A masked killer, wearing World War II U.S. Army fatigues, stalks a small New Jersey town bent on reliving a 35-year-old double murder by focusing on a group of college kids holding an annual Spring Dance.
Four college pledges are forced to spend the night in a deserted old mansion where they get killed off one by one by the monstrous surviving members of a family massacre years earlier for trespassing on their living grounds.
Vincent Van Patten,
A decades old folk tale surrounding a deranged murderer killing those who celebrate Valentine's Day, turns out to be true to legend when a group defies the killer's order and people start turning up dead.
After a high school track runner, named Laura, suddenly dies from a heart attack after finishing a 30-second 200-meter race, a killer wearing a sweat suit and a fencing mask begins killing ... See full summary »
E. Danny Murphy
Slightly traumatized and painfully shy Angela Baker is sent away to summer camp with her cousin. Not long after Angela's arrival, things start to go horribly wrong for anyone with sinister or less than honorable intentions.
A college fraternity prank goes wrong and a student ends up in the mental asylum. Three years later, it's graduation time, and the members of the fraternity decide to have a costume party aboard a train trip to celebrate their graduation. Unknowingly to them, a killer has slipped aboard, killing them off one by one, disguised in the costumes of the victims. Written by
Reportedly, veteran actor Ben Johnson asked director Roger Spottiswoode to give his character Carne less dialogue rather than more. Spottiswoode once said that Johnson said to him: "'Now Roger. I'm sure I've told you this before but on my first day working with John Ford, he took me aside and said 'Ben, when you're in front of the camera, you're not going to need too many words...you just won't need them. They can get in the way'. 'So Roger', Ben says, 'you go through and take out all the extra dialogue you can'. He told me that was sound advice from Mr. Ford and he wanted me to take it. He wanted me to go through the script and get rid of all the extra words he didn't need! He said, 'I know most of your actors want more words and more scenes but that's not me. I listened to Mr. Ford and he was pretty right about things. You can just take most of the words away'". See more »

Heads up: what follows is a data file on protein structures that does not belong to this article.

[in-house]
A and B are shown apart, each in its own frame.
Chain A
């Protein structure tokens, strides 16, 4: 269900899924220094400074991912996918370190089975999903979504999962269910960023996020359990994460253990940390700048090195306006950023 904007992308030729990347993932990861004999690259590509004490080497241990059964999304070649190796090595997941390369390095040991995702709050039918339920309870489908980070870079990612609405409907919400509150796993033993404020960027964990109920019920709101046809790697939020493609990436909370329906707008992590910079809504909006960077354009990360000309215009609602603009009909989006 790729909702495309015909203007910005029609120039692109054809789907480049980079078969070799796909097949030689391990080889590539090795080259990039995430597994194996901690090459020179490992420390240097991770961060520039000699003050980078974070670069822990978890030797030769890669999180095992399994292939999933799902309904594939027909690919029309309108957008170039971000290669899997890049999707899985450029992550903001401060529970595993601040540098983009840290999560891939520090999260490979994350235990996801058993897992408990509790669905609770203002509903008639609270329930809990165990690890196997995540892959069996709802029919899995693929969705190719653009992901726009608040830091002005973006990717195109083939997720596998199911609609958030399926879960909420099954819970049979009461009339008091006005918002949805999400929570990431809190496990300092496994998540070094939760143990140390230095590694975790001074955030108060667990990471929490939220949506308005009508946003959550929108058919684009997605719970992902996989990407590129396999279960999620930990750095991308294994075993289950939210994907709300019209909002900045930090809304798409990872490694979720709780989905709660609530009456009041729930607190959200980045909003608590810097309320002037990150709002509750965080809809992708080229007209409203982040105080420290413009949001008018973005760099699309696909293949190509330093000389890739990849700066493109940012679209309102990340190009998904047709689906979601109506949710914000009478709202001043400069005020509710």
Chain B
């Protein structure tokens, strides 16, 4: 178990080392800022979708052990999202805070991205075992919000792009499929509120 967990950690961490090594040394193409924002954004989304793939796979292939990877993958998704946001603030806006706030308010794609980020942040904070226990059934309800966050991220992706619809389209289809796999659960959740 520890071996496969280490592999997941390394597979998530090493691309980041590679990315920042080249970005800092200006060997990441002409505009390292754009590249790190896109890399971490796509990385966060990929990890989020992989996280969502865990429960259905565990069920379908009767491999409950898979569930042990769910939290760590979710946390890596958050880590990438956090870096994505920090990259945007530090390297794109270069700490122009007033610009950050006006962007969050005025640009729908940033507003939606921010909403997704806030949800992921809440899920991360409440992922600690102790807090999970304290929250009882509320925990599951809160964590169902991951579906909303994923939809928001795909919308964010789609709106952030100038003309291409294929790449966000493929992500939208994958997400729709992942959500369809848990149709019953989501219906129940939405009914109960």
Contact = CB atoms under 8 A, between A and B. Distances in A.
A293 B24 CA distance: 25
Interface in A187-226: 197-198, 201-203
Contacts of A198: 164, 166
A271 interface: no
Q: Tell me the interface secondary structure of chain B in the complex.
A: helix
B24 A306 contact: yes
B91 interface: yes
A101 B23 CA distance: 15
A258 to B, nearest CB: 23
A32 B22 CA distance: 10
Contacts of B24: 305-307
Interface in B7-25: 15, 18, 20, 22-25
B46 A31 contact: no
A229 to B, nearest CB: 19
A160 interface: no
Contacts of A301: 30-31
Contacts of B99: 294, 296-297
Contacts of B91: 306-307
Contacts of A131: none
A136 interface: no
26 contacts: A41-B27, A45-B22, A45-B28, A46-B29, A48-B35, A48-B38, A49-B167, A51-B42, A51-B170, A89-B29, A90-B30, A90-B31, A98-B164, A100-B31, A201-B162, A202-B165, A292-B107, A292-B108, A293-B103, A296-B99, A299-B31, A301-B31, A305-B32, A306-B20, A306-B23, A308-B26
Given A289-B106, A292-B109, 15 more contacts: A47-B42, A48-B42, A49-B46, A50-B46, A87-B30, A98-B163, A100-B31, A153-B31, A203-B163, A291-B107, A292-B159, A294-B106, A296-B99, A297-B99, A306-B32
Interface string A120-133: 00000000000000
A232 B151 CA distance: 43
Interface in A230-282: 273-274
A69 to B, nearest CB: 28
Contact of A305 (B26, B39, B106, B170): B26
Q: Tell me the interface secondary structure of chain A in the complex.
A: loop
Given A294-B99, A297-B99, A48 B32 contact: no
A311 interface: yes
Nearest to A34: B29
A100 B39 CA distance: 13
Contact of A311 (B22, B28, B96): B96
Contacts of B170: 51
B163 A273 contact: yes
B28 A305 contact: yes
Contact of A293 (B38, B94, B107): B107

After the killer murders the student in the lavatory, a witness opens the door to find the dead body and blood everywhere. Minutes later, a second witness opens the door to find the lavatory in a clean, pristine state. It would be virtually impossible for the killer to have disposed the body and cleaned up the mess (without help) in the short amount of time it took for the second witness to see the lavatory. See more »
Of the slasher films that Jamie Lee Curtis would appear in after the masterful Halloween (1978), Terror Train is truly the best. It's also one of the better genre entries of the early '80s.
College students hold a costume party on a train, only to have a masked stranger come aboard with murder on their mind. But is this murderer really a stranger?
As slasher films go, Terror Train really has a lot going for it. The claustrophobic setting is an ideal place for suspense and it works! The direction is compact and nicely done, making great use of the rather creepy-looking masks that the killer wears. This film also boasts one of the most suspenseful chase sequences in the genre! The cinematography is slickly-well done. The music score is unique and beautiful (especially Alana's theme, heard mostly in the beginning of the end credits).
The cast is also in good form. Jamie Lee is good as her likable heroine self. Handsome Hart Bochner does well as the two-faced frat leader. Veteran actor Ben Johnson is a welcomed addition as the train conductor. Even David Copperfield manages to be a little menacing in his role as a mysterious magician.
All together Terror Train does well, making for a good slasher-thriller with a few tricks up its sleeves. Definitely a highlight among 80's slasher films.
*** 1/2 out of ****
17 of 21 people found this review helpful.
Was this review helpful to you?